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Choosing what to grow with Jessie (@plot_37)

It can be daunting to choose what you’re going to grow, because once those seeds are planted, there’s no changing your mind. This is especially important when you’re in London and every inch of outdoor space is precious, and it’s not that simple. We all love avocado, so it sounds like a no brainer considering how expensive they are from the shop. But did you know it can take anywhere from five to thirteen years for your tree to grow it’s first avo?! Not worth it in our books.

So – we spoke to Jessie (aka @plot_37) who knows all about growing different sorts of fruit and veg in London. Have a read and find out what she recommends investing your time and love into!

Grow things that you like to eat

“Some things that you could technically grow yourself are just not worth it in limited space. Put some thought into what you want to grow and what you want actually to eat. If you don’t like radishes, don’t grow radishes.” There’s so much joy in eating the fruits of your labour, so don’t pick something you hate!

Taste the difference

There are certain vegetables that thrive from being homegrown and eaten fresh. “It’s commonly known that homegrown tomatoes are a wonderful thing. And the varieties you can get hold of are incredible but what about cucumber! A freshly picked cucumber is an unrecognisable thing as opposed to the green water-bags you can buy in a super market. Sweet and fruity! And they are prolific little creatures.” Ever eaten a raw pea straight from the vine? It’ll blow your mind.

Don’t forget about fruit!

It’s not all about veg, and you don’t need to have room for an apple tree… “Fruit is also worth growing if you enjoy eating it. Strawberries are a fantastic crop, and easy. By being clever with the varieties you choose you can extend your strawberry season over much of the spring and summer.” We just need to sort out some hemp cream and you can be transported to Murray mount (remember how close everyone together we’d all sit?!)

Choose veg with a long harvesting season

“If you are limited for space, lovingly tending to a potted Broccoli for 10 months and getting one meal out of it doesn’t really work out. On the other hand, something like Cavolo Nero or Curly Kale is a plant that keeps on giving. As you harvest from the bottom they continue to grow and provide fresh leaves higher up.” Unlimited kale? Sign us up.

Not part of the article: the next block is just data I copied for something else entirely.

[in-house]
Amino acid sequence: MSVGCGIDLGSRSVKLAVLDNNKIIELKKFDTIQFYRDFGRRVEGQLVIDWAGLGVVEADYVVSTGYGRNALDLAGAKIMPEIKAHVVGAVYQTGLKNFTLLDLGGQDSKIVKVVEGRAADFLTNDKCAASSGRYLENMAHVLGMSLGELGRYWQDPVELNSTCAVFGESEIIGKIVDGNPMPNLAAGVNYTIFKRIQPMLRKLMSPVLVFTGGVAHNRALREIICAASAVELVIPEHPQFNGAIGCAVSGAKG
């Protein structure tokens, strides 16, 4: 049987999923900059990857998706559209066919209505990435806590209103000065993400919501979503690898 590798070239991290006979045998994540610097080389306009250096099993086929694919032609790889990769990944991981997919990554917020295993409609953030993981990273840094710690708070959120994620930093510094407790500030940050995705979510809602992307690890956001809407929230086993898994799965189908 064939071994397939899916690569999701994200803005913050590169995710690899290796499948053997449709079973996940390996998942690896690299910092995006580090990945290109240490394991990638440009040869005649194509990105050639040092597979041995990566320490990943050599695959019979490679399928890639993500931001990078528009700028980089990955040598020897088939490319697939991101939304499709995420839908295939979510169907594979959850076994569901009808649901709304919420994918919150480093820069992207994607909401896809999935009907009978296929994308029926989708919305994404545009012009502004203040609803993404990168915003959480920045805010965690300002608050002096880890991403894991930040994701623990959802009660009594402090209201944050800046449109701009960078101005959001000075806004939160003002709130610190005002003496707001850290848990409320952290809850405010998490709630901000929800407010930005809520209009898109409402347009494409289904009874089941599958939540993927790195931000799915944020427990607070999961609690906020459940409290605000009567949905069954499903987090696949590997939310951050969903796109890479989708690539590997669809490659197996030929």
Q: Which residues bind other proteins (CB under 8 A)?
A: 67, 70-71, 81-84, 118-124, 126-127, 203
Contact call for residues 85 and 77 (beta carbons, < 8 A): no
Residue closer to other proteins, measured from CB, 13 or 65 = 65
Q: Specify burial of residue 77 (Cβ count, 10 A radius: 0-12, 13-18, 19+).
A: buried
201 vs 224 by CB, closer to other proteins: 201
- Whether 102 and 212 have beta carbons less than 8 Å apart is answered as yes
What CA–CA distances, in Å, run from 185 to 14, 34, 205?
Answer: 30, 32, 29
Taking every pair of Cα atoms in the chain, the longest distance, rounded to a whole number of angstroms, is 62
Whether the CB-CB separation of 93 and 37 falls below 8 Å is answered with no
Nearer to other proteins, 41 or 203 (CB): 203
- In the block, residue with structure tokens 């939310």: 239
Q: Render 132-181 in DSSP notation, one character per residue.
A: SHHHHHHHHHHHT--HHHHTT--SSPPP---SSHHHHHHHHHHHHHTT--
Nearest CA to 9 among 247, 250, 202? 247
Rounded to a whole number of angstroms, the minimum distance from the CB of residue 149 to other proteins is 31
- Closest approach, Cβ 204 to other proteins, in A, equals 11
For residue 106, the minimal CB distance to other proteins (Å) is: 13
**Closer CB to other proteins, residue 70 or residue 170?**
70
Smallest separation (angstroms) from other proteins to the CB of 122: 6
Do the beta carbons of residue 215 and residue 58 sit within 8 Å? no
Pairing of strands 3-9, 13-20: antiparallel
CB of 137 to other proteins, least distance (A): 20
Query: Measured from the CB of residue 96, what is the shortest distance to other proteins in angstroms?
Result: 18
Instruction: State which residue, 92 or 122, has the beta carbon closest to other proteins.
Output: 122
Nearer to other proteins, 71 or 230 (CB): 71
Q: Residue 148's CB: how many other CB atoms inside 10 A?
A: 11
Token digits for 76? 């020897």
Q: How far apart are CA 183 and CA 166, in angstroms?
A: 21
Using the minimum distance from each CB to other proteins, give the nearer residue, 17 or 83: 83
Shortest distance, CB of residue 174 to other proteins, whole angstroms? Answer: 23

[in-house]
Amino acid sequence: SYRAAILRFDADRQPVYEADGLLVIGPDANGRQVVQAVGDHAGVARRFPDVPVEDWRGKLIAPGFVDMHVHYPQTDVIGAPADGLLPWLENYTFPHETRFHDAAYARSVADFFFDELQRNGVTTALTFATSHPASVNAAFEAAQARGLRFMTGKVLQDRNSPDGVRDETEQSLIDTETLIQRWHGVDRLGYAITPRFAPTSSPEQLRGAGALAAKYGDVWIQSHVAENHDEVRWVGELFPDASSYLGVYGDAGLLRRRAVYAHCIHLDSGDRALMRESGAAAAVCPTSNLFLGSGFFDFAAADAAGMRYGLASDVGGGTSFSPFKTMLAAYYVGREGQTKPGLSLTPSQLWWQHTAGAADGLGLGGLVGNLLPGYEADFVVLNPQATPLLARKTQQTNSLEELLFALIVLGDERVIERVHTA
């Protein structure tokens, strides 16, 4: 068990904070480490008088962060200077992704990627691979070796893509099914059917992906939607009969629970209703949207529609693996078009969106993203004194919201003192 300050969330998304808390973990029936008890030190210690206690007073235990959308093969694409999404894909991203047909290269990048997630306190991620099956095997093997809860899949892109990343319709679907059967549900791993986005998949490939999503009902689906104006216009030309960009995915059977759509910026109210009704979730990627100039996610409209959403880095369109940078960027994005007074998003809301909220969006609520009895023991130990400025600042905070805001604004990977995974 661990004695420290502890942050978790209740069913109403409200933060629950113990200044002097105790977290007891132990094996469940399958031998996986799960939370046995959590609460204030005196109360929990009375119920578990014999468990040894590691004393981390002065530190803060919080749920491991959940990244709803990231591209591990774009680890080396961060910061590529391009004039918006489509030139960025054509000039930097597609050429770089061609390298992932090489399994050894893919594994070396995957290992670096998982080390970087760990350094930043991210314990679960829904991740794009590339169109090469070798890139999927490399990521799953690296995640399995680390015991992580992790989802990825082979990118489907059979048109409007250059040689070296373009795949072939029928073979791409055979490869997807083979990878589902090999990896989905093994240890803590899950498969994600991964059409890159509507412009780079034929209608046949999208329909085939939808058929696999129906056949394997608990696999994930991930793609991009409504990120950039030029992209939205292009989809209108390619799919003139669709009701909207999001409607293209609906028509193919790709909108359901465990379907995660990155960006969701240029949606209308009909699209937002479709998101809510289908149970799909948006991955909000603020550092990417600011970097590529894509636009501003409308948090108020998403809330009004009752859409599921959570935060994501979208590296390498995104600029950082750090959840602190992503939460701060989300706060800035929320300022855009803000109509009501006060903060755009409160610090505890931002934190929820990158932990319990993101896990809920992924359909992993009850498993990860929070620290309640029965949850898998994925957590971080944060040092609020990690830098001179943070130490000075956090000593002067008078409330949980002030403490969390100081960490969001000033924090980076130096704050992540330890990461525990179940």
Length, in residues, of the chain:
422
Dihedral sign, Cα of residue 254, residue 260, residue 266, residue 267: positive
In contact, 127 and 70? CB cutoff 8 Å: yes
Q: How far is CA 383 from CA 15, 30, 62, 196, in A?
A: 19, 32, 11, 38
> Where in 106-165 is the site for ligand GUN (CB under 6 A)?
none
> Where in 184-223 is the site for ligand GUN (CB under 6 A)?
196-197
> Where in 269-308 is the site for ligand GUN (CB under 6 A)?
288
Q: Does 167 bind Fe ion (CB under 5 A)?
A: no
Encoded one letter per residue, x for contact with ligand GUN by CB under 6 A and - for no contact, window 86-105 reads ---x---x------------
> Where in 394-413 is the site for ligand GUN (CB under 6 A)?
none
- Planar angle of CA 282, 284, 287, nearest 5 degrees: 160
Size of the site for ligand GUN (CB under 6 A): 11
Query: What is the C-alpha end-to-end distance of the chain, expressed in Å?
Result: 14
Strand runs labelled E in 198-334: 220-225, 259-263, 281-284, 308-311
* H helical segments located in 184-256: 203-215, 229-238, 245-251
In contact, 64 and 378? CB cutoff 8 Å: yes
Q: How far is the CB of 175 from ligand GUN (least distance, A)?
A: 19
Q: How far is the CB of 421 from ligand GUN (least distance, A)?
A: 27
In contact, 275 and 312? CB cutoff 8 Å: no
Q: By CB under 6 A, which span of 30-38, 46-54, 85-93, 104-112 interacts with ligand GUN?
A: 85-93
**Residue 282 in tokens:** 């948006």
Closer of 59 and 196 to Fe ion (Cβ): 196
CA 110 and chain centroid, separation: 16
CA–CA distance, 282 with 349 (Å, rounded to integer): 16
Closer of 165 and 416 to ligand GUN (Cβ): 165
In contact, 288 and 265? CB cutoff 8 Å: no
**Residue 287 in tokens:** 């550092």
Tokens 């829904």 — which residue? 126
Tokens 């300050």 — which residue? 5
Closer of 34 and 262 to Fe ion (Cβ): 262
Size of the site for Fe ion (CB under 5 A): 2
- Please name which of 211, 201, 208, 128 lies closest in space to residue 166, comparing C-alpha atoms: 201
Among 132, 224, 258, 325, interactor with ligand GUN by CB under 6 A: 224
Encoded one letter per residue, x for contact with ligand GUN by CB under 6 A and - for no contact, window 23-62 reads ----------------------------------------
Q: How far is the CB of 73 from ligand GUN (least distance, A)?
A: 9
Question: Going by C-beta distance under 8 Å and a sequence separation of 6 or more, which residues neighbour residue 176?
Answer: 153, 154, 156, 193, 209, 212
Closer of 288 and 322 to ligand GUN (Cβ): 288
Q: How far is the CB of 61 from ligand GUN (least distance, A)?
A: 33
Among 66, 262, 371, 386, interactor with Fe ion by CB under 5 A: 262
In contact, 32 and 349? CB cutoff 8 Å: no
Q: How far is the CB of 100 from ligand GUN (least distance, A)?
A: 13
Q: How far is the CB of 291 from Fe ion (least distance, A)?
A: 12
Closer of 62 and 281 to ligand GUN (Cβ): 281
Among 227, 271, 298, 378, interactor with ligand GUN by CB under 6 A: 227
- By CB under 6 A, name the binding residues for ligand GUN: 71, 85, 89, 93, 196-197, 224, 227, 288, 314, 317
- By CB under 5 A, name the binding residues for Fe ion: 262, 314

Window sill gardens

Even if you have outdoor space – some veggies will have to be started on a window sill “Beans, sweet corn, peas, courgette seeds…etc will need to be started off inside and then transferred when they are big enough to cope with the real world. But if you are planning to grow chilli plants, aubergines, tomatoes, cucumbers or melons the timing is less flexible. For example traditionally chillies are sown on the first of January because they take a long time from seed to fruit!” You might have to play a bit of window sill musical chairs, but if it means more veg then it should be worth it!

Low maintenance repotting

If you’re ever tried repotting (or even just potting) then you know it’s a pretty messy and time consuming task. If you don’t feel like getting your hands dirty (or getting them less dirty), choose veg that you won’t have to repot “Carrots, spring onions, spinach, radish, soft herbs  are definitely best from seed and you can sow them directly into their big pots repeatedly throughout the spring and summer for longer crops.” Yay for time saving hacks!

Choosing veg is one thing – you’ll also need to think about what pots, utensils and compost you’re going to use. Over the past decades gardeners have used peat to help grow their gardens, however the extraction of peat from its natural habitat has caused the UK bogs to be at an all-time low. “I would also like to ask everybody who is interesting in having a go with growing their own and is heading out to buy compost – please look for peat free products! There are many great peat-free composts out there and we need to be consciously rejecting the needless destruction of peatland.” Having a pretty garden is not worth the cost of destroying natural habitats!

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